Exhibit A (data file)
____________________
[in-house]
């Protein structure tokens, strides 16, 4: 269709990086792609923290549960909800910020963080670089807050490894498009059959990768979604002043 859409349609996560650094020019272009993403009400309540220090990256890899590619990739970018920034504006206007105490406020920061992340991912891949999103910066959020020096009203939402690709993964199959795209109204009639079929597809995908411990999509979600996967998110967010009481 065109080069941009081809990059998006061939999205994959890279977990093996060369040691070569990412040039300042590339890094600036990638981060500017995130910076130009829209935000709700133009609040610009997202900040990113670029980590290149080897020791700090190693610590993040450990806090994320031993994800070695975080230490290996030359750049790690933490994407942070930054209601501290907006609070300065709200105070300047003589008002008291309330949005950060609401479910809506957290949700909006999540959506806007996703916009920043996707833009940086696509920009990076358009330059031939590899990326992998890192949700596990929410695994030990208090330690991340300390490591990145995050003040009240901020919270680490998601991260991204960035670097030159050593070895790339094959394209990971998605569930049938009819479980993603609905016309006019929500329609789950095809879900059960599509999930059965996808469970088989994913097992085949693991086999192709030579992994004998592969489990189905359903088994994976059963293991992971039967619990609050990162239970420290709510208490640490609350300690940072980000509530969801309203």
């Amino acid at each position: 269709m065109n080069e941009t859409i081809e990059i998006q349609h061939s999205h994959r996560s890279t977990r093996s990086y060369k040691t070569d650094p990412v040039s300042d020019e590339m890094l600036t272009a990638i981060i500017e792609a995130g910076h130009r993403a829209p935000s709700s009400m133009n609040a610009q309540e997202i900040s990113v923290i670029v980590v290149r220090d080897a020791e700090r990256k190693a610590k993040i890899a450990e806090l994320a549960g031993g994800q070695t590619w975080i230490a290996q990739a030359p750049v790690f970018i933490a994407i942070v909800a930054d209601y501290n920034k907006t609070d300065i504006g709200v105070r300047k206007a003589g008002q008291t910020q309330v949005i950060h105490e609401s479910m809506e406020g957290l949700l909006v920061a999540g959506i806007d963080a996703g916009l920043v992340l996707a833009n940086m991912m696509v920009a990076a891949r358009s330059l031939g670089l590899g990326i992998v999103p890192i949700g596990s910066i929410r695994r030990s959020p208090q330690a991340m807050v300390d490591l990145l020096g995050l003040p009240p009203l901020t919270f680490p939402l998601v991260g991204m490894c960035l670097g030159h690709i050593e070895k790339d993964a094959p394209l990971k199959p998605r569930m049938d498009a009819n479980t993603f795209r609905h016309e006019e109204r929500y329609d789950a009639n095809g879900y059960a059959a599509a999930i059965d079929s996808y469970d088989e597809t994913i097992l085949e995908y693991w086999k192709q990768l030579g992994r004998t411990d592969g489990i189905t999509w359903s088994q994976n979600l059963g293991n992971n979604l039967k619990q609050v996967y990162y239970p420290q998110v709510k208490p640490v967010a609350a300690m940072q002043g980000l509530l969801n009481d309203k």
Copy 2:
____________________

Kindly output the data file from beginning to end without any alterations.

[in-house]
């Protein structure tokens, strides 16, 4: 269709990086792609923290549960909800910020963080670089807050490894498009059959990768979604002043 859409349609996560650094020019272009993403009400309540220090990256890899590619990739970018920034504006206007105490406020920061992340991912891949999103910066959020020096009203939402690709993964199959795209109204009639079929597809995908411990999509979600996967998110967010009481 065109080069941009081809990059998006061939999205994959890279977990093996060369040691070569990412040039300042590339890094600036990638981060500017995130910076130009829209935000709700133009609040610009997202900040990113670029980590290149080897020791700090190693610590993040450990806090994320031993994800070695975080230490290996030359750049790690933490994407942070930054209601501290907006609070300065709200105070300047003589008002008291309330949005950060609401479910809506957290949700909006999540959506806007996703916009920043996707833009940086696509920009990076358009330059031939590899990326992998890192949700596990929410695994030990208090330690991340300390490591990145995050003040009240901020919270680490998601991260991204960035670097030159050593070895790339094959394209990971998605569930049938009819479980993603609905016309006019929500329609789950095809879900059960599509999930059965996808469970088989994913097992085949693991086999192709030579992994004998592969489990189905359903088994994976059963293991992971039967619990609050990162239970420290709510208490640490609350300690940072980000509530969801309203």
């Amino acid at each position: 269709m065109n080069e941009t859409i081809e990059i998006q349609h061939s999205h994959r996560s890279t977990r093996s990086y060369k040691t070569d650094p990412v040039s300042d020019e590339m890094l600036t272009a990638i981060i500017e792609a995130g910076h130009r993403a829209p935000s709700s009400m133009n609040a610009q309540e997202i900040s990113v923290i670029v980590v290149r220090d080897a020791e700090r990256k190693a610590k993040i890899a450990e806090l994320a549960g031993g994800q070695t590619w975080i230490a290996q990739a030359p750049v790690f970018i933490a994407i942070v909800a930054d209601y501290n920034k907006t609070d300065i504006g709200v105070r300047k206007a003589g008002q008291t910020q309330v949005i950060h105490e609401s479910m809506e406020g957290l949700l909006v920061a999540g959506i806007d963080a996703g916009l920043v992340l996707a833009n940086m991912m696509v920009a990076a891949r358009s330059l031939g670089l590899g990326i992998v999103p890192i949700g596990s910066i929410r695994r030990s959020p208090q330690a991340m807050v300390d490591l990145l020096g995050l003040p009240p009203l901020t919270f680490p939402l998601v991260g991204m490894c960035l670097g030159h690709i050593e070895k790339d993964a094959p394209l990971k199959p998605r569930m049938d498009a009819n479980t993603f795209r609905h016309e006019e109204r929500y329609d789950a009639n095809g879900y059960a059959a599509a999930i059965d079929s996808y469970d088989e597809t994913i097992l085949e995908y693991w086999k192709q990768l030579g992994r004998t411990d592969g489990i189905t999509w359903s088994q994976n979600l059963g293991n992971n979604l039967k619990q609050v996967y990162y239970p420290q998110v709510k208490p640490v967010a609350a300690m940072q002043g980000l509530l969801n009481d309203k």
Copy 2: